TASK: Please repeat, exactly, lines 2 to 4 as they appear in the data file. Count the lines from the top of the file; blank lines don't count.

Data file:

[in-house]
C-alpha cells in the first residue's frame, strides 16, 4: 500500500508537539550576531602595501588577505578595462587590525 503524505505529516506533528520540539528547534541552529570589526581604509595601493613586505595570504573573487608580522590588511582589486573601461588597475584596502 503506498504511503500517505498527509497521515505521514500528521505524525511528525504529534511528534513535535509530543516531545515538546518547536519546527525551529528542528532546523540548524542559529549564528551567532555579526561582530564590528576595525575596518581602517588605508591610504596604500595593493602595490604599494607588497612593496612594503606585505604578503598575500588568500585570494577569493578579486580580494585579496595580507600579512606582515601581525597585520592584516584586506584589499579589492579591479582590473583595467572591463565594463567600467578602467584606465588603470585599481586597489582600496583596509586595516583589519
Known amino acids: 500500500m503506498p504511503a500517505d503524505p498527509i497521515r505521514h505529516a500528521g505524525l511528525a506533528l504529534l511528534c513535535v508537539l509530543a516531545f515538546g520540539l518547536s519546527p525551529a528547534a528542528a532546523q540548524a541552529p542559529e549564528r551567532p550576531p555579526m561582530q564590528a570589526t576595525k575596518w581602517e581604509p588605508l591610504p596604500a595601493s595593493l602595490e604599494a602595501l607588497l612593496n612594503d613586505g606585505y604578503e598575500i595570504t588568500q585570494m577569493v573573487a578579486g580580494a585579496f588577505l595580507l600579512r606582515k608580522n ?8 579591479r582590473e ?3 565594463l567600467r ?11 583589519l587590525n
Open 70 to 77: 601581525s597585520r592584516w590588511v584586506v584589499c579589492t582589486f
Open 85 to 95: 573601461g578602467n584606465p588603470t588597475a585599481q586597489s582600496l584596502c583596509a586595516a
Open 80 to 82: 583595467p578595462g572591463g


C-alpha cells in the first residue's frame, strides 16, 4: 500500500508537539550576531602595501588577505578595462587590525 503524505505529516506533528520540539528547534541552529570589526581604509595601493613586505595570504573573487608580522590588511582589486573601461588597475584596502 503506498504511503500517505498527509497521515505521514500528521505524525511528525504529534511528534513535535509530543516531545515538546518547536519546527525551529528542528532546523540548524542559529549564528551567532555579526561582530564590528576595525575596518581602517588605508591610504596604500595593493602595490604599494607588497612593496612594503606585505604578503598575500588568500585570494577569493578579486580580494585579496595580507600579512606582515601581525597585520592584516584586506584589499579589492579591479582590473583595467572591463565594463567600467578602467584606465588603470585599481586597489582600496583596509586595516583589519
Known amino acids: 500500500m503506498p504511503a500517505d503524505p498527509i497521515r505521514h505529516a500528521g505524525l511528525a506533528l504529534l511528534c513535535v508537539l509530543a516531545f515538546g520540539l518547536s519546527p525551529a528547534a528542528a532546523q540548524a541552529p542559529e549564528r551567532p550576531p555579526m561582530q564590528a570589526t576595525k575596518w581602517e581604509p588605508l591610504p596604500a595601493s595593493l602595490e604599494a602595501l607588497l612593496n612594503d613586505g606585505y604578503e598575500i595570504t588568500q585570494m577569493v573573487a578579486g580580494a585579496f588577505l595580507l600579512r606582515k608580522n ?8 579591479r582590473e ?3 565594463l567600467r ?11 583589519l587590525n
Open 70 to 77: 601581525s597585520r592584516w590588511v584586506v584589499c579589492t582589486f